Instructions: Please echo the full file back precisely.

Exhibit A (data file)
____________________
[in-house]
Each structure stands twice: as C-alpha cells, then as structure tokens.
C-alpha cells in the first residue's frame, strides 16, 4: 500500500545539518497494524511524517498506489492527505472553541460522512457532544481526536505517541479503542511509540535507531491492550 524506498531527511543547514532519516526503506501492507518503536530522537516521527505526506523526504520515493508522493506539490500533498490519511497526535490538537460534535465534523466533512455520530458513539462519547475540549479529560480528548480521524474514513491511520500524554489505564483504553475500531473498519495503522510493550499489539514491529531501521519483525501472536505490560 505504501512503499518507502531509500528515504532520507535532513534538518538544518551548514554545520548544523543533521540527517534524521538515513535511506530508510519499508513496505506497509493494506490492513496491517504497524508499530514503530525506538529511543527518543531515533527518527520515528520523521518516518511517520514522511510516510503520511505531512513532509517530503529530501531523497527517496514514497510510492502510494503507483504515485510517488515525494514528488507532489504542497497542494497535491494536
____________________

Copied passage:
[in-house]
Each structure stands twice: as C-alpha cells, then as structure tokens.
C-alpha cells in the first residue's frame, strides 16, 4: 500500500545539518497494524511524517498506489492527505472553541460522512457532544481526536505517541479503542511509540535507531491492550 524506498531527511543547514532519516526503506501492507518503536530522537516521527505526506523526504520515493508522493506539490500533498490519511497526535490538537460534535465534523466533512455520530458513539462519547475540549479529560480528548480521524474514513491511520500524554489505564483504553475500531473498519495503522510493550499489539514491529531501521519483525501472536505490560 505504501512503499518507502531509500528515504532520507535532513534538518538544518551548514554545520548544523543533521540527517534524521538515513535511506530508510519499508513496505506497509493494506490492513496491517504497524508499530514503530525506538529511543527518543531515533527518527520515528520523521518516518511517520514522511510516510503520511505531512513532509517530503529530501531523497527517496514514497510510492502510494503507483504515485510517488515525494514528488507532489504542497497542494497535491494536